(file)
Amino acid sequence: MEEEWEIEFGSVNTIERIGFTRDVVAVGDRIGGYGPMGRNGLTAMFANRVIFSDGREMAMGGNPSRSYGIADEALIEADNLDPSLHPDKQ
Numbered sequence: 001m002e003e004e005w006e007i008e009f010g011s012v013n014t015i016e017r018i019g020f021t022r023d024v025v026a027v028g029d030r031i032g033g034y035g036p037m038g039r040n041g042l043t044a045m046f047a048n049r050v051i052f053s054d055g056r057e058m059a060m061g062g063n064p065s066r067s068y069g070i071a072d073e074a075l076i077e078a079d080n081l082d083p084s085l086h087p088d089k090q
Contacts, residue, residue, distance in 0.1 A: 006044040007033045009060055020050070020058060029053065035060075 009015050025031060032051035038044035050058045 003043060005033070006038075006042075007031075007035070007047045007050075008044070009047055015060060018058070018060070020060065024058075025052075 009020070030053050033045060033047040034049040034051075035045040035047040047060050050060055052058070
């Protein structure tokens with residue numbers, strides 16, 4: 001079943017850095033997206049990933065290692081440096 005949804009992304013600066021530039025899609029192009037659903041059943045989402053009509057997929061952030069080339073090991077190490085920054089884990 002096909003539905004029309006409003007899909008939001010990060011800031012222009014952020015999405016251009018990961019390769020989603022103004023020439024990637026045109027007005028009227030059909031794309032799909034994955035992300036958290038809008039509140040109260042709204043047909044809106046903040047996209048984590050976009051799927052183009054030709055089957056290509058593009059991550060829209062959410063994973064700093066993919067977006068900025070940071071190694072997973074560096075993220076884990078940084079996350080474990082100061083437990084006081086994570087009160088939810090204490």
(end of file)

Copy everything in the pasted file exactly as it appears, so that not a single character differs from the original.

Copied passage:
Amino acid sequence: MEEEWEIEFGSVNTIERIGFTRDVVAVGDRIGGYGPMGRNGLTAMFANRVIFSDGREMAMGGNPSRSYGIADEALIEADNLDPSLHPDKQ
Numbered sequence: 001m002e003e004e005w006e007i008e009f010g011s012v013n014t015i016e017r018i019g020f021t022r023d024v025v026a027v028g029d030r031i032g033g034y035g036p037m038g039r040n041g042l043t044a045m046f047a048n049r050v051i052f053s054d055g056r057e058m059a060m061g062g063n064p065s066r067s068y069g070i071a072d073e074a075l076i077e078a079d080n081l082d083p084s085l086h087p088d089k090q
Contacts, residue, residue, distance in 0.1 A: 006044040007033045009060055020050070020058060029053065035060075 009015050025031060032051035038044035050058045 003043060005033070006038075006042075007031075007035070007047045007050075008044070009047055015060060018058070018060070020060065024058075025052075 009020070030053050033045060033047040034049040034051075035045040035047040047060050050060055052058070
């Protein structure tokens with residue numbers, strides 16, 4: 001079943017850095033997206049990933065290692081440096 005949804009992304013600066021530039025899609029192009037659903041059943045989402053009509057997929061952030069080339073090991077190490085920054089884990 002096909003539905004029309006409003007899909008939001010990060011800031012222009014952020015999405016251009018990961019390769020989603022103004023020439024990637026045109027007005028009227030059909031794309032799909034994955035992300036958290038809008039509140040109260042709204043047909044809106046903040047996209048984590050976009051799927052183009054030709055089957056290509058593009059991550060829209062959410063994973064700093066993919067977006068900025070940071071190694072997973074560096075993220076884990078940084079996350080474990082100061083437990084006081086994570087009160088939810090204490």